A charming, laid-back neighbourhood of narrow alleys lined with small shops and punctuated by medieval tombs and mosques, Souq Saroujah is a fascinating place for a stroll.

In medieval times the areas immediately outside of the city walls were developed as burial places for the dead; you can still see this today, with large areas of cemeteries lying to the south of the old cities of both Damascus and Aleppo. Occasionally, however, the needs of the living would overwhelm those of the dead. Such was the case with the area now known as Souq Saroujah. During the Ayyubid era the fields just north of the Barada River became a favoured location for the tombs and mausoleums of nobles, and for several hundred years this site served as an exclusive burial ground. As the city expanded under the Ottomans, and space within the city walls was at a premium, the cemeteries became built over with the houses of well-off Turkish civil servants and military officers.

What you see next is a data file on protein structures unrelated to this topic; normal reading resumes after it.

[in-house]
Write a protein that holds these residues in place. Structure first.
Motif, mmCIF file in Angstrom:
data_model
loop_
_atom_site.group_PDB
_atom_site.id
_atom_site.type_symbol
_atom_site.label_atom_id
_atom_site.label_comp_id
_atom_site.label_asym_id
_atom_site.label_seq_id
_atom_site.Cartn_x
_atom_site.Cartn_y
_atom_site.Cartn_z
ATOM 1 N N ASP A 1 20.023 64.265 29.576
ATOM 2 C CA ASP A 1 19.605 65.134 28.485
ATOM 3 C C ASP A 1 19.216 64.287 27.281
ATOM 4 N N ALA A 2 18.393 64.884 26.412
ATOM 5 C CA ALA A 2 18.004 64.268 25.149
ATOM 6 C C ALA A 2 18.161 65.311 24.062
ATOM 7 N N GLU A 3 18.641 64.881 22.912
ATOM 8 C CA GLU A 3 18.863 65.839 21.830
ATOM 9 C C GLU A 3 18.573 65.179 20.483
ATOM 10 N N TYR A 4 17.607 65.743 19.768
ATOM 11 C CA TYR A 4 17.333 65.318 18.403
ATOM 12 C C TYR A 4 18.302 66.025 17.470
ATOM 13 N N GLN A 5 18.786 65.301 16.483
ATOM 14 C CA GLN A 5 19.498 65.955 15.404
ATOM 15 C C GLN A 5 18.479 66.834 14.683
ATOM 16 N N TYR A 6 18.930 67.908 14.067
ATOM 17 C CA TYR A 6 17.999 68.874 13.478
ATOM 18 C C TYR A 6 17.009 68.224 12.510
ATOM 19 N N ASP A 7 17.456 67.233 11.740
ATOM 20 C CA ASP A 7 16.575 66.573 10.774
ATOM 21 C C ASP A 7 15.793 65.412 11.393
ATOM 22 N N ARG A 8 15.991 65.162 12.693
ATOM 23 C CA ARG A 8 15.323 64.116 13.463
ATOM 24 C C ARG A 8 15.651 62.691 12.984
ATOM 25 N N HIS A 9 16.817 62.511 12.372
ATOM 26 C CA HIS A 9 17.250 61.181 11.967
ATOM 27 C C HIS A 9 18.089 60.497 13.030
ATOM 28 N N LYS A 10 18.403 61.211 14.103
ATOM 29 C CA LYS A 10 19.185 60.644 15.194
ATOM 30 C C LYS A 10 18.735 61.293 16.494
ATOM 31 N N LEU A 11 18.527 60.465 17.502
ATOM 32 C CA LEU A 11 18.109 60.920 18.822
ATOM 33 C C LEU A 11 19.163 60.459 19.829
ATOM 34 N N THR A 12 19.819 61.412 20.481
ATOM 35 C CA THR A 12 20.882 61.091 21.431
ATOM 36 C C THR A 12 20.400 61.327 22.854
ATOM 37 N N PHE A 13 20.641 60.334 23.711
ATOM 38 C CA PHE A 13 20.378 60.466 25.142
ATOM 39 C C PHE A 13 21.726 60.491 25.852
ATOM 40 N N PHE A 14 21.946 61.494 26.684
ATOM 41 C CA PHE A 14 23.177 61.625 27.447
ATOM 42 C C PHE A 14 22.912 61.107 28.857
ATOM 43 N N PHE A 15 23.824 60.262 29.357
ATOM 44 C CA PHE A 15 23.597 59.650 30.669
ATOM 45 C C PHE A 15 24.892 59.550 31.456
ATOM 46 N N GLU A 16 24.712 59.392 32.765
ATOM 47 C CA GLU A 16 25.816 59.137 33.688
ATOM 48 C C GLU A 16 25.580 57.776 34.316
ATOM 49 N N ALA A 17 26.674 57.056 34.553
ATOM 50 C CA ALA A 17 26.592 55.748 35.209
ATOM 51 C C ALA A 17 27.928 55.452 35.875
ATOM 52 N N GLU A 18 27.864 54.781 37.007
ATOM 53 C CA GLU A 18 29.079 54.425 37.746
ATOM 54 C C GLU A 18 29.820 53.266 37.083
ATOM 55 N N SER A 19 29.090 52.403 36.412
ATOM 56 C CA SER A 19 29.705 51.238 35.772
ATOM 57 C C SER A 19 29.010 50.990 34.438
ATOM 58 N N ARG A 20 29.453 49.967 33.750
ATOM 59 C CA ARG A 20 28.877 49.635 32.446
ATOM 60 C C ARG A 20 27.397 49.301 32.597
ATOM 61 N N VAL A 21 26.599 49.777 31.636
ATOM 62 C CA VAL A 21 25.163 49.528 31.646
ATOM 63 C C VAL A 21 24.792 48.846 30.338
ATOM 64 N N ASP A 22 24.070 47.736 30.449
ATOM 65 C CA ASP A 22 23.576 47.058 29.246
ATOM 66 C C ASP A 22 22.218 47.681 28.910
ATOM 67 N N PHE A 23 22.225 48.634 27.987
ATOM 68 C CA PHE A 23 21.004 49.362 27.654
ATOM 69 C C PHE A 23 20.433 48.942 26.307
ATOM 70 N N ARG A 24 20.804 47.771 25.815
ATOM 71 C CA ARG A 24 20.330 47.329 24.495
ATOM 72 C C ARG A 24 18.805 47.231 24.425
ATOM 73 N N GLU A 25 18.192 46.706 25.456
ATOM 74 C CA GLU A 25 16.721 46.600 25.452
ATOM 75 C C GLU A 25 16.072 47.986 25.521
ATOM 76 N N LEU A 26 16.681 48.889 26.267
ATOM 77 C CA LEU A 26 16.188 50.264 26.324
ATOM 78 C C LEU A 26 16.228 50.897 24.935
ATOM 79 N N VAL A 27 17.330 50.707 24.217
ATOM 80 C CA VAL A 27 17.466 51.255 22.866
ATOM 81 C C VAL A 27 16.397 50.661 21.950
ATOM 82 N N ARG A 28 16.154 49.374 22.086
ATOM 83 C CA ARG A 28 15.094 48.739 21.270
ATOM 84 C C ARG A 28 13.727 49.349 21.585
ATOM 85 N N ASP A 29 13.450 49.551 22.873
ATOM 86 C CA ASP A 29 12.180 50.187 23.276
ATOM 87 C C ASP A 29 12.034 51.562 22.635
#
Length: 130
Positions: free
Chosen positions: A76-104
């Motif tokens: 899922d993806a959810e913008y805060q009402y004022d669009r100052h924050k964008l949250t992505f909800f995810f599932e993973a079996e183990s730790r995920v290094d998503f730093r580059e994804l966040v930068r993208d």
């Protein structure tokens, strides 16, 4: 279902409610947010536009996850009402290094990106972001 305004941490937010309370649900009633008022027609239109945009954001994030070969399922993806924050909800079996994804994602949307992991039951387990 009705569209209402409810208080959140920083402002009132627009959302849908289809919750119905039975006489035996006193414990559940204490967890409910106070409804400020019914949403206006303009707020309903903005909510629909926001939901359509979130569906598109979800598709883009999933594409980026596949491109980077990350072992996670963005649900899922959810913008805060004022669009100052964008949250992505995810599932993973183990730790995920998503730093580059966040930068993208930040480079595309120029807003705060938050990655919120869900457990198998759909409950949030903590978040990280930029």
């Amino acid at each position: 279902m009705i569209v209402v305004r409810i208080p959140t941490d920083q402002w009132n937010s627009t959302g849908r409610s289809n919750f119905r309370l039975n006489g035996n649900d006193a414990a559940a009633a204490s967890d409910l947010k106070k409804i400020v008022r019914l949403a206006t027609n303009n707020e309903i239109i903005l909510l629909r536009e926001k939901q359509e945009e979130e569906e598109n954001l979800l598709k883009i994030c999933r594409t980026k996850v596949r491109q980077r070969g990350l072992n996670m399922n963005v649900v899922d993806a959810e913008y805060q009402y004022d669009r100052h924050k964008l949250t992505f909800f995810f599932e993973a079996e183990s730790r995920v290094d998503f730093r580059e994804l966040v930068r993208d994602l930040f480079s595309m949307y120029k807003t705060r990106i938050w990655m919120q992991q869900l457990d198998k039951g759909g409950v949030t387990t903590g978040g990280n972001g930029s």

Unfortunately, the needs of the living are pressing once again, and many of the fine old houses have been demolished in the name of redevelopment.